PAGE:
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90% of the time, speakers of English use just 7,500 words in speech and writing. These words appear in red, and are graded with stars. One-star words are frequent, two-star words are more frequent, and three-star words are the most frequent.



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verb read pronunciation in American English /rid/
Word Forms
present tense
present participlereading
past tenseread
past participleread
  1. 1
    [intransitive/transitive] to look at and understand words in a letter, book, newspaper, etc.

    I read a few chapters of a book every night.

    Here – read what his note says for yourself.

    He was sitting reading in the waiting room.

    Read on to find out more!

    read and write:

    By the age of five, he could read and write.

    read something from cover to cover (=all of something):

    I always read the paper from cover to cover.

    read widely/extensively (=to read a lot of books):

    She read extensively in science and economics.

    1. a.
      [intransitive/transitive] to speak the words that you are looking at
      read (something) to someone:

      Reading to young children helps develop their language skills.

      read someone something:

      Read me that last sentence again.

      read (something) aloud/out loud:

      I’m going to read this poem aloud.

      read from something:

      She will be reading from her latest novel.

    2. b.
      [intransitive/transitive] to get information from books, newspapers, etc.
      read (that):

      I read somewhere that she was born in Chicago.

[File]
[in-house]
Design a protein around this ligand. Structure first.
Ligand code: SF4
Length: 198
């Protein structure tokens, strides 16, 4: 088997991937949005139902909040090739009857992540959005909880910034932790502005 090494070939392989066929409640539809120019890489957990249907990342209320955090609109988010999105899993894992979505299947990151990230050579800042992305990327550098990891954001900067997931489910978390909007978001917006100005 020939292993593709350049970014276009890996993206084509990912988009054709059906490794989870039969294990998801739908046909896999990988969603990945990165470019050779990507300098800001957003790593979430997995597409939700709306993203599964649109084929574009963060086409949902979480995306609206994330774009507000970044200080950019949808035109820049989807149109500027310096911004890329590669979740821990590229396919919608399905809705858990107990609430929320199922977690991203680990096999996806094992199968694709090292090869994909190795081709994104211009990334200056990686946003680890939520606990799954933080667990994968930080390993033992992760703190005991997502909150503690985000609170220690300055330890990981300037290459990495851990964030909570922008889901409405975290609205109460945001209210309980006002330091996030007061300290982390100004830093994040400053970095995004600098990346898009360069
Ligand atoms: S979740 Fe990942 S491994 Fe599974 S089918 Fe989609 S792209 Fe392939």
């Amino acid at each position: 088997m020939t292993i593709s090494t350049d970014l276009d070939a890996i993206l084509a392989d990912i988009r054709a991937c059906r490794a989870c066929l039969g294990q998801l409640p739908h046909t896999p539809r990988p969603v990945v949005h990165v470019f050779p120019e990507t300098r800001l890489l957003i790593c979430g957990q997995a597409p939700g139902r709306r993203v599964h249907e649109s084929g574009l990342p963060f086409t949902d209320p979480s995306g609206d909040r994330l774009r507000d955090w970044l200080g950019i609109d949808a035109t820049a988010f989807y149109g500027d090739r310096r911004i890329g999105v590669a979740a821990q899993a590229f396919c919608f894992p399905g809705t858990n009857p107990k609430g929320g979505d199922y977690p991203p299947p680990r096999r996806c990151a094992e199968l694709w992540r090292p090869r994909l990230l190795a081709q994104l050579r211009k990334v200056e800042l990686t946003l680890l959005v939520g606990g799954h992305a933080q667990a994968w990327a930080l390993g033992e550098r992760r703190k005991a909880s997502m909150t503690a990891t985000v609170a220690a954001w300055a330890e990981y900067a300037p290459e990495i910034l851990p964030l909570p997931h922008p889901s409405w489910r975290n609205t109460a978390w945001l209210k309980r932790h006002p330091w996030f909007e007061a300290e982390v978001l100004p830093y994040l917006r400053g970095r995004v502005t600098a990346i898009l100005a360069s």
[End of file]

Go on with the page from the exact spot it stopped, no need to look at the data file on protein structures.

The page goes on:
read something in something:

      We read it in the local paper.

      read about:

      He likes reading about wildlife.

    3. c.
      [transitive] used for telling someone about mistakes in printing
      for something, read something:

      On page 61, for “three thousand,” read “three million.”

      read something as something:

      The figure £600 should be read as $600.

  2. 3
    [transitive] to understand something in a particular way

    They had read the situation extremely accurately.

    read something as something:

    We had read their decision as an admission of failure.

  3. 4
    [transitive] if a short piece of writing reads something, it contains those particular words

    The label read, “Suitable only for children over three.”

  4. 6
    [transitive] if a piece of measuring equipment reads something, it shows a particular number or amount

    The thermometer has been reading over 90 degrees all day.

  5. 8
    [intransitive] if something reads well or badly, you think it has been written well or badly

    In general, the script reads beautifully.

  6. 9
    [transitive] to hear someone who is speaking to you by radio

    This is Charlie Alpha Five. Do you read me?



… a teaching method in which groups of children learn independently using a computer linked to the internet

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Open Dictionary


a derogatory word used for referring to people in the banking and investment industry who are thought of as taking serious risks in order to increase their own earnings …

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